Wednesday, November 15, 2017

Glyphosate Ban in France: Get the News that's Not Being Reported in the US - Direct from the Horse's Mouth - in Le Monde

In case you hadn't understood that the French are SERIOUS about banning can read all about it in Le Monde.

(What? You say you don't read French. You can with Google Translate.)

Tuesday, November 14, 2017

A Sonoma Saturday: A Beautiful Day in Wine Country

After attending the Wine Bloggers Conference, in the pitiful excuse of a hotel that is the Hyatt in downtown Santa Rosa (currently undergoing a renovation and without food of any kind on offer to the casual visitor who stops for lunch), I had to escape to the countryside.

Hearing that Ridge was putting on a tamales fundraiser for fire relief, I scurried on up Highway 101 to see if I could get something to eat. I arrived at 3, with the event going on till 4. "We ran out of tamales at 2:30," Ridge's greeter told me.

I had a seat, instead, at the outdoor tasting area, respendent with the colors of fall. Enjoy this shot - of a perfect moment.

Biodynamically Grown Alsatian Wines Shine at Wine Bloggers Conference

Saturday I had the opportunity to briefly drop in to the Wine Bloggers Conference to taste Albarinos from Gallicia and Pinot Gris gems from Alsace. There were no certified organic or Biodynamic Albarino producers in the tasting, but among the Alsace wines two out of three were from legendary certified Biodynamic producers - Zind Humbrecht and Albert Mann.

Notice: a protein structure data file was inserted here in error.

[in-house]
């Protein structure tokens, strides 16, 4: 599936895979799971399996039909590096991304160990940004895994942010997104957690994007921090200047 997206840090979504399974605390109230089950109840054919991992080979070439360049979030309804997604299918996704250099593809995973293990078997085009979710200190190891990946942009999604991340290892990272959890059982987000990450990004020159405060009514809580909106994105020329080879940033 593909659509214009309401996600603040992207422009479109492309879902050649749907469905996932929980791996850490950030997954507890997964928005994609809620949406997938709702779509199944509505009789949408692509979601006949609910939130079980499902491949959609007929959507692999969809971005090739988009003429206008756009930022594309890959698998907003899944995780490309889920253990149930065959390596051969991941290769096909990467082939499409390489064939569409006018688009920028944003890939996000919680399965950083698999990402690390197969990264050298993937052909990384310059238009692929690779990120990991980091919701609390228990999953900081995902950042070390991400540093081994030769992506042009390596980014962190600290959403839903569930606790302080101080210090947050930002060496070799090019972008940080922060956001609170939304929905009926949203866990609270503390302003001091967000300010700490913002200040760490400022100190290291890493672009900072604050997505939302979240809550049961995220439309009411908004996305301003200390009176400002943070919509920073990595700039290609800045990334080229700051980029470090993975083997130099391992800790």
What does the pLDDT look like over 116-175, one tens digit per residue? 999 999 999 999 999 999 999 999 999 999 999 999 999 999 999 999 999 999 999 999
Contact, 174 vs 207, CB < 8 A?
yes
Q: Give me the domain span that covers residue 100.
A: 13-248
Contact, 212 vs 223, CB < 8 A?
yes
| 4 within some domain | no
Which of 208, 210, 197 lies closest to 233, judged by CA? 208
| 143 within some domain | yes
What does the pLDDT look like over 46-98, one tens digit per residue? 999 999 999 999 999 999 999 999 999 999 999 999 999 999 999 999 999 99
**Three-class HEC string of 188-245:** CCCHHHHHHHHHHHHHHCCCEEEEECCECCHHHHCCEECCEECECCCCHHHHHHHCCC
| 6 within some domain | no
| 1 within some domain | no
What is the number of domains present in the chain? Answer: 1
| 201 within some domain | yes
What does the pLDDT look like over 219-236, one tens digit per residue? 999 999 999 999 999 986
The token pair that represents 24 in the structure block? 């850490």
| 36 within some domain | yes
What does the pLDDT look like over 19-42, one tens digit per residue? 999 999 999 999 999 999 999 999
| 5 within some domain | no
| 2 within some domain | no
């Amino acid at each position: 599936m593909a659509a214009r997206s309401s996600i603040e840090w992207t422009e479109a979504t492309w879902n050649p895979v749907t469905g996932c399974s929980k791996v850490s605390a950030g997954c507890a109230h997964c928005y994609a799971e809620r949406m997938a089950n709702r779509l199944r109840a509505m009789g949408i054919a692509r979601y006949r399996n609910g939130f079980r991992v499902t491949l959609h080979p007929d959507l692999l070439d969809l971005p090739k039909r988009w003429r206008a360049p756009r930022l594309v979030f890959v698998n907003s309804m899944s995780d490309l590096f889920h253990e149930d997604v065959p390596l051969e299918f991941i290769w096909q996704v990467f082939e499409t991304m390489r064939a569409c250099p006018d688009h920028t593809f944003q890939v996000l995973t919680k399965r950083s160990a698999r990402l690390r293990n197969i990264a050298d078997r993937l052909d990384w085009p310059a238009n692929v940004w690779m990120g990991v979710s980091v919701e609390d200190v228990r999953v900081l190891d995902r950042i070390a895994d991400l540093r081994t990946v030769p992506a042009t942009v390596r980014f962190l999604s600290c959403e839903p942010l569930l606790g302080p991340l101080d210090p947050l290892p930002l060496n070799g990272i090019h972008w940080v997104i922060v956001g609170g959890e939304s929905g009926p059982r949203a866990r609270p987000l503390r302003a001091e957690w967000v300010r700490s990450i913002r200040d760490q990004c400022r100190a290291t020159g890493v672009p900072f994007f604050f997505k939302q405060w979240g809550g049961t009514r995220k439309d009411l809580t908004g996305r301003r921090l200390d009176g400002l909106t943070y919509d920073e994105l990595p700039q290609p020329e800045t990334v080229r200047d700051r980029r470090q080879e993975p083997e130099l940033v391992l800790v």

Alsatian wine tasting: The Zind Humbrecht and Albert Mann wines are 2 and 3
respectively (photo credit: Nancy Brazil @mspullthatcork - thank you, Nancy!)
Here are the tasting cards for these two superlative wines, both of which elevate Pinot Gris to previously unknown heights. (They are also priced accordingly.)

If you're looking to wow someone with a fabulous holiday gift, these would be at the top of the list.

There is no wine region in the world that is better at marketing itself as organic and Biodynamic than Alsace. And few have as good a story to tell...

Here's the slide for Zind Humbrecht from the presentation:

Zind Humbrecht vineyard 

Sunday, November 12, 2017

Victories: EU Sidelines Glyphosate in History-Making Vote and the UK Bans Neonics


The battle over whether or not to renew the permit to sell glyphosate in the EU took another decisive turn this week as the European Union failed to pass a motion to continue sales of the herbicide in Roundup this past week.

France and Italy voted against renewal, while Germany and Poland abstained, thus preventing a majority vote in favor of the renewal.

For full coverage, read the New York Times account here.

On other fronts, the British voted to ban neonicotinoids in the UK. The insecticides have already been banned in the EU on a temporary basis since 2013. A full ban in the EU is expected. Read more in The Guardian.


In California, the state government's agricultural agencies have worked to decrease the amount of toxic chemicals through implementing IPM (which stands for integrated pest management) and the wine industry has formed its own sustainability programs to wean growers away from wasteful practices - including consuming fewer natural resources - and other goals. (See values here.) (Sustainability programs do not mandate or directly address reducing use of toxic chemicals.)